Posted by: atowhee | May 3, 2023

PRIUS PRIVILEGE

My morning was most fortunate.  During breakfast my temporary dental cap came off a molar. I should have foreseen that was a good omen. Our Prius required attention—time for oil change and check-up.  So off we went to the Toyota dealership.  That meant hot chocolate from the coffee stand, and time birding Capitol Lake. The Prius approves of my coming along, knowing I will loyally stand-by, drinking sweet stuff, watching ducks or swallows or even a heron.

If I had listed what I foresaw seeing—swallows, Mallards, Song Sparrows, maybe a robin or heron or curious Osprey.  If I had been asked to list the 100 most likely species there I would’ve added warblers in the willows, blackbirds, finches, migrant vireo or flycatcher, maybe a raptor or two more, Green Heron, cormorant, coots, a common shorebird or two.  It would have been hard to list 100 bird species that could be expected in such a habitat surrounded by cars in  parking lots, and people, and traffic sounds. When I first got to the lake with my cocoa it was as expected: Violet-green Swallows circling, two coots swimming, several Mallards lounging onshore, a Song Sparrow singing, yellow-rumps with their three-note spring “song.”

Then I saw it, the result of Prius Privilege.  Prius: “You take me to the car people who sweep and wash me like you will never do, I will tilt the axis of reality and something fine will fall before you.”  Except this one was diving and swimming before me.

This is the first time I have seen a Red-necked Grebe in full breeding plumage.

Anybody know what he had in his beak? He ended up not swallowing it but spitting it out. It sank immediately, did not float, so it was dense. Capitol Lake is a “freshwater” feature in an old gravel quarry. It is not superficially much different than many of the other rock quarries now holding water in the Salem area.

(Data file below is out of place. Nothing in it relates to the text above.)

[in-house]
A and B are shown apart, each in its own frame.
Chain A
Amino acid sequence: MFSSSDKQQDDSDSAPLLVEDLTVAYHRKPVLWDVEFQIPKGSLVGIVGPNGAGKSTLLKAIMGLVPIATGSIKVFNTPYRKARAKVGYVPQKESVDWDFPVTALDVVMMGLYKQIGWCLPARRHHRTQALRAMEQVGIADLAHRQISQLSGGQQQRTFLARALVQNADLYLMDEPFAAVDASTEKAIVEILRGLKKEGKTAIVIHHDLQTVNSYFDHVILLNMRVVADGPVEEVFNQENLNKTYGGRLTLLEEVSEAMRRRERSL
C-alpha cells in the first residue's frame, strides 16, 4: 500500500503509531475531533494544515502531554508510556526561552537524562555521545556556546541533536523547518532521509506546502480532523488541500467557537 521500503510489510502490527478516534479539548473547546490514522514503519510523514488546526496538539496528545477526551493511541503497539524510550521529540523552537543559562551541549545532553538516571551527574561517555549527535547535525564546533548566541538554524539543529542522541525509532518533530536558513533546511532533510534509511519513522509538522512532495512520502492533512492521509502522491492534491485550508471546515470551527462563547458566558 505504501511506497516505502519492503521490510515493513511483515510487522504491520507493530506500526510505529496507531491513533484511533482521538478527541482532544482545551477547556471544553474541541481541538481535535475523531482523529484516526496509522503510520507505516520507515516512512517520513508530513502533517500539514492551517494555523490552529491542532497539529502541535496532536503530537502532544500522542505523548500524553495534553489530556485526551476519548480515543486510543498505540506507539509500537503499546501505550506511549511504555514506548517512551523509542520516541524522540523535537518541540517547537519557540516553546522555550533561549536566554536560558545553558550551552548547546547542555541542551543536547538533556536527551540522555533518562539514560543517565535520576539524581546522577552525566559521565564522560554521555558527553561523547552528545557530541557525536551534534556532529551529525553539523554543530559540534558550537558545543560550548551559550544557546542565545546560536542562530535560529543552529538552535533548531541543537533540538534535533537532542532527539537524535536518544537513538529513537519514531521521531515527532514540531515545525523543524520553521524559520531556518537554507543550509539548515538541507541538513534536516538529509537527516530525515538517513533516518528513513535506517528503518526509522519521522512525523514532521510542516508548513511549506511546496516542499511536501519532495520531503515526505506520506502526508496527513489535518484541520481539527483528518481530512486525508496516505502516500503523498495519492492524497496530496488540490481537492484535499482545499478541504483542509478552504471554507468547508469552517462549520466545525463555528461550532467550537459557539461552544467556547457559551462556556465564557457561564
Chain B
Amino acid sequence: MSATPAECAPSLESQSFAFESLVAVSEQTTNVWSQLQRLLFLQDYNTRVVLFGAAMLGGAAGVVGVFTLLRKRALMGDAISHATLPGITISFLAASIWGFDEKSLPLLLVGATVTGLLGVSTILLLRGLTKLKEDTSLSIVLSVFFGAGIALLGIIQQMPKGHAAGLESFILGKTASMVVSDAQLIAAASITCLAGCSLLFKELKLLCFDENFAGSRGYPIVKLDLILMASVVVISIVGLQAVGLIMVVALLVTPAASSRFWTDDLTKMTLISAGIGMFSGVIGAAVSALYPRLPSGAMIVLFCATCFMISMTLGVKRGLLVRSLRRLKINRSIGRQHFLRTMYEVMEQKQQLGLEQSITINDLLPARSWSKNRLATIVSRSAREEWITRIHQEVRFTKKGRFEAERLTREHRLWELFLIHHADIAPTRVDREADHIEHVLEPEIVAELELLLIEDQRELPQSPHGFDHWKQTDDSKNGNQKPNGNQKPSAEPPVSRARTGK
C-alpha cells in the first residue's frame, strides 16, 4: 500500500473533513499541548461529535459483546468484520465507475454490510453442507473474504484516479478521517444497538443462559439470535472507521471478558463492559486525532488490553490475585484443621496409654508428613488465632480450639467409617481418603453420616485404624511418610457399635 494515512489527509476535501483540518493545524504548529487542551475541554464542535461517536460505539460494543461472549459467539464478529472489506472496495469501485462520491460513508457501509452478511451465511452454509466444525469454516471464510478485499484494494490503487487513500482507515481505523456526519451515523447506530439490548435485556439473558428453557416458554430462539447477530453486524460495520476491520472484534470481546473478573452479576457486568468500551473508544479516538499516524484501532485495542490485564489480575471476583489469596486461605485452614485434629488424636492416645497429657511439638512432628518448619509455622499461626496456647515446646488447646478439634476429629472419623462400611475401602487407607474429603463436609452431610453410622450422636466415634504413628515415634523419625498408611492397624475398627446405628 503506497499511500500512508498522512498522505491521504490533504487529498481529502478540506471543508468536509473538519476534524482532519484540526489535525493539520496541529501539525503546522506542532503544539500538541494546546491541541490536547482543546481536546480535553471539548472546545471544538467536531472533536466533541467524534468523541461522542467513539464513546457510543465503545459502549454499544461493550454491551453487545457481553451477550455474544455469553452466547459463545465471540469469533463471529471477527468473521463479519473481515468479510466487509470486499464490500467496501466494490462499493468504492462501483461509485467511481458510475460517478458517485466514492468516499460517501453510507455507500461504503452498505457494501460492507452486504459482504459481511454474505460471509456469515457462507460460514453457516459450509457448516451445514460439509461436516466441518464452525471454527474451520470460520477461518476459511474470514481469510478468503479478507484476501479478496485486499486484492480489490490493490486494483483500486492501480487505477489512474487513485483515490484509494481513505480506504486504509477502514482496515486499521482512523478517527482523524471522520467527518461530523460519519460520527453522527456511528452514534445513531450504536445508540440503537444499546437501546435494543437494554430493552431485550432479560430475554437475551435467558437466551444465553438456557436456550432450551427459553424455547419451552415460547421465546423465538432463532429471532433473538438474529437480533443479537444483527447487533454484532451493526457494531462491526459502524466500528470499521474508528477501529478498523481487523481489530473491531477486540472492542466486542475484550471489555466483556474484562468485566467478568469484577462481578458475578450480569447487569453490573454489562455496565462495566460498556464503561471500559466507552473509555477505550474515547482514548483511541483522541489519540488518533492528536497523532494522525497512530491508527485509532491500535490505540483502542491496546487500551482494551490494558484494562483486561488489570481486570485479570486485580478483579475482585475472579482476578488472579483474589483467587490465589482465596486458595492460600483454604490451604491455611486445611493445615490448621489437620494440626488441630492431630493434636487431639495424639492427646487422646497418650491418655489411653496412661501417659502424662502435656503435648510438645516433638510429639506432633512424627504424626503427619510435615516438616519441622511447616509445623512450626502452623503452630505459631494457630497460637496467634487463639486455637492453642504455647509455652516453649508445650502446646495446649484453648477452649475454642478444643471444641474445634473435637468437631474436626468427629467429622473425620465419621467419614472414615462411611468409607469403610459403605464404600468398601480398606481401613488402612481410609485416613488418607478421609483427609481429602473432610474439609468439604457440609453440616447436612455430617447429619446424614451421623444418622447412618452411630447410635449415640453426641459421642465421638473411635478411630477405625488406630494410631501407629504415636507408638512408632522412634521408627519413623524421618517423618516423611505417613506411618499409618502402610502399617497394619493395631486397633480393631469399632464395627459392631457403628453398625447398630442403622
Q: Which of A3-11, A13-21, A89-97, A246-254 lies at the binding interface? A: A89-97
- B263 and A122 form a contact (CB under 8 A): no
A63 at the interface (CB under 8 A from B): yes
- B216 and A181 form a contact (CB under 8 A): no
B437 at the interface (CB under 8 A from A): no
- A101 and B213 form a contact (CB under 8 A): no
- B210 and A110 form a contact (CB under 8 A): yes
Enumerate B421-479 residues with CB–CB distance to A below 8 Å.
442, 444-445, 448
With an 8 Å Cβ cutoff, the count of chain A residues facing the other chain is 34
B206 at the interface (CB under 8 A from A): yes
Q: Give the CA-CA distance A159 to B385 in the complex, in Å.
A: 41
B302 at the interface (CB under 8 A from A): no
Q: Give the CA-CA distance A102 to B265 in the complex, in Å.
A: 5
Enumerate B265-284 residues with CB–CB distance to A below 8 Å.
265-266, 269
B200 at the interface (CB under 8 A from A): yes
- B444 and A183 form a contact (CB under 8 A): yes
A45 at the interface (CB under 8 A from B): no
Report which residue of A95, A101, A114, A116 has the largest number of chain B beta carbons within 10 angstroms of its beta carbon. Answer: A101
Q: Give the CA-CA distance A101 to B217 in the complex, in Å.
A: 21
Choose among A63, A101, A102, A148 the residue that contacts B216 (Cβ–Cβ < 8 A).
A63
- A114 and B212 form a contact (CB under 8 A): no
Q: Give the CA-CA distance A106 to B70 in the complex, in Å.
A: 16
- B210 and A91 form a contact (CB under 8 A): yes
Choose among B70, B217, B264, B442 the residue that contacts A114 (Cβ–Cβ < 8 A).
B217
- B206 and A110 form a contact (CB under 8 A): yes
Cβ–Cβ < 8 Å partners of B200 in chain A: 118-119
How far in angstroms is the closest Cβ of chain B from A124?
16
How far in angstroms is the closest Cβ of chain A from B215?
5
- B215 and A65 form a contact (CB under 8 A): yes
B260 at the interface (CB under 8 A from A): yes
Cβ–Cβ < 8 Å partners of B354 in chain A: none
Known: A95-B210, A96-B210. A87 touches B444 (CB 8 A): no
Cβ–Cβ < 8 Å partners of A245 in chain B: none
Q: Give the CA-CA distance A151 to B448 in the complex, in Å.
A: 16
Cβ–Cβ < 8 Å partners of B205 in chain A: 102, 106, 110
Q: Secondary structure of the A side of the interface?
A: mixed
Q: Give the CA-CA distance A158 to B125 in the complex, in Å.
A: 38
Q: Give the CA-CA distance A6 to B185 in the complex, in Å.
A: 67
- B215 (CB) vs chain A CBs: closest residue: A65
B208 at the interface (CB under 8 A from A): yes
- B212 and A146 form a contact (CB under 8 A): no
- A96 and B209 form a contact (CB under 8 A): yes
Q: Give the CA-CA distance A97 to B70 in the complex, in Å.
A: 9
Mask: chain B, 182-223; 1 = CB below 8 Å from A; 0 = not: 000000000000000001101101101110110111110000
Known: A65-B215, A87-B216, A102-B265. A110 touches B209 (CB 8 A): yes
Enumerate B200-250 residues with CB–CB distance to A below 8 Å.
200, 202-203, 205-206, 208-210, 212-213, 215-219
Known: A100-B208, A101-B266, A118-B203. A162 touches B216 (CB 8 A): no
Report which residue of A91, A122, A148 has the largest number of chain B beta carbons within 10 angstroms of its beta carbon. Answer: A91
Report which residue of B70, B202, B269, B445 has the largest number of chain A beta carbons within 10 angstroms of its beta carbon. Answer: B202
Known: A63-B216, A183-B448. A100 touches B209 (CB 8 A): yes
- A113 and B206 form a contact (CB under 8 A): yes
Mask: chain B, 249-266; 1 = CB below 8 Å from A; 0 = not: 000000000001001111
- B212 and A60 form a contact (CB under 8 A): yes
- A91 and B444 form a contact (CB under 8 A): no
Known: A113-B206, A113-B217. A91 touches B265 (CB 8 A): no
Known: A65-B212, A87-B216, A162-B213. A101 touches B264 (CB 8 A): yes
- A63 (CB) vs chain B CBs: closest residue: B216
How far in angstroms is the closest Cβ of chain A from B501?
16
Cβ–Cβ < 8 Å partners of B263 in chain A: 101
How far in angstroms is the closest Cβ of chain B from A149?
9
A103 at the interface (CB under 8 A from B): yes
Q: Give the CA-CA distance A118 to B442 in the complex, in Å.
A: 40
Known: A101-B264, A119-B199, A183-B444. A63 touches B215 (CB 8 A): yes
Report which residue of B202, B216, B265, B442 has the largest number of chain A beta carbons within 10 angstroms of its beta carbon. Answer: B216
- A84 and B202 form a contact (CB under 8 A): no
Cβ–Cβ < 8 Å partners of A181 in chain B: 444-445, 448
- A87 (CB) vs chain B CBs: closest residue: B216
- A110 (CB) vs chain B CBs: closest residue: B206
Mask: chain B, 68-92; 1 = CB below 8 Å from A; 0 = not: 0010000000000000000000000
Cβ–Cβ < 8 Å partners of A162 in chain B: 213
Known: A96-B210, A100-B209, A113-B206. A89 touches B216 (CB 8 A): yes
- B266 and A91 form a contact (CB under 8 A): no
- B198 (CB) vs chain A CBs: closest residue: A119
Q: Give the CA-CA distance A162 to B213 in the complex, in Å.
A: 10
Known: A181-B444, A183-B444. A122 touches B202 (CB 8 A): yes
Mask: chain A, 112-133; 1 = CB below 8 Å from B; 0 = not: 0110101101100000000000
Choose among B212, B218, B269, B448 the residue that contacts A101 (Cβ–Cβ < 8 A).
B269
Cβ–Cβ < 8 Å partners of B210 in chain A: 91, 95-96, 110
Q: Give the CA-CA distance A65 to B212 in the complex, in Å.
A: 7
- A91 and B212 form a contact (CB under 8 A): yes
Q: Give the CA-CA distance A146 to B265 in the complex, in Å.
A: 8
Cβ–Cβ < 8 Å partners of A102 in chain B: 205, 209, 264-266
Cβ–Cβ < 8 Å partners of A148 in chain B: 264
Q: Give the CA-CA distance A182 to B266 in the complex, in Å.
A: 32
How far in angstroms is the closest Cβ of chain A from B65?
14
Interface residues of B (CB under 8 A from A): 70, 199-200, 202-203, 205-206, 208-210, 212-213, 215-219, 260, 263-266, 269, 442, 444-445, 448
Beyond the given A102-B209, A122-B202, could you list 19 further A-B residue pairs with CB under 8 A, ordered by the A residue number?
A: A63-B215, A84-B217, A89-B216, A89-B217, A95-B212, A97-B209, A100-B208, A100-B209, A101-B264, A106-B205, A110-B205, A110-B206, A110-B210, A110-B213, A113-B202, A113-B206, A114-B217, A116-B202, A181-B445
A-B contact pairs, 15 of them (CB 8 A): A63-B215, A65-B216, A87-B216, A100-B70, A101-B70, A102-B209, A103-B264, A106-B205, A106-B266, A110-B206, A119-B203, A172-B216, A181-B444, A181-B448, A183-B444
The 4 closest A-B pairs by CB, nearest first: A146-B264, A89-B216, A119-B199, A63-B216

A few of these grebes winter along the coast south of here. Their breeding habitat is primarily in Canada and Alaska. There have been some records of breeding in Klamath Basin. They use ponds with emergent vegetation. Their size is between the smaller horned/eared, and the larger Clark’s/western.

Here’s some Red-necked Grebe data from eBird. Most reports of this species are from Sepotember through December in Marion & Polk Counties. Never often, and never flocked. Usually a single bird, with a few reports of two. Never more than that. May is also a month you may find this species hereabouts, not April, never June apparently. So far in 2023 there was a single report in early January, then not another RN Grebe reported from these two contiguous counties. Until my Prius Privilege bird today!

EBird records for years 2020 through 2022 show: a single sighting of single bird in mid-May, then single bird again in late September and then in mid-December. Two birds were reported in late Octrober and again in late November. Likely a total of seven Red-necked Grebes seen in two counties over three years. Or just five if those pairs were the same individuals weeks apart. Scarce, bordering on rare, perhaps.

All my previous sightings have been coastal wintering birds in drab wintry outfits–love that red neck that gives the name. That little white niche at the back of crown is a crucial field mark, even in winter. The last time I saw this species was late September along SE Jetty Road at Newport, a much likely spot than the local Toyota dealership.

The expected songster at Capitol Lake:

Lake Capitol, Marion, Oregon, US
May 3, 2023 9:45 AM – 10:45 AM
Protocol: Traveling
0.4 mile(s)
11 species

Mallard  6
Red-necked Grebe  1     pictures attached
American Crow  1
Violet-green Swallow  6
Barn Swallow  1
European Starling  X
American Robin  2
House Sparrow  X
House Finch  1
Song Sparrow  7
Yellow-rumped Warbler  3

One slot has just opened up on a Malheur Field Station Bird Photography trip that I will be leading. May 31-June 4. Interested?
Contact me: anzatowhee@yahoo.com.

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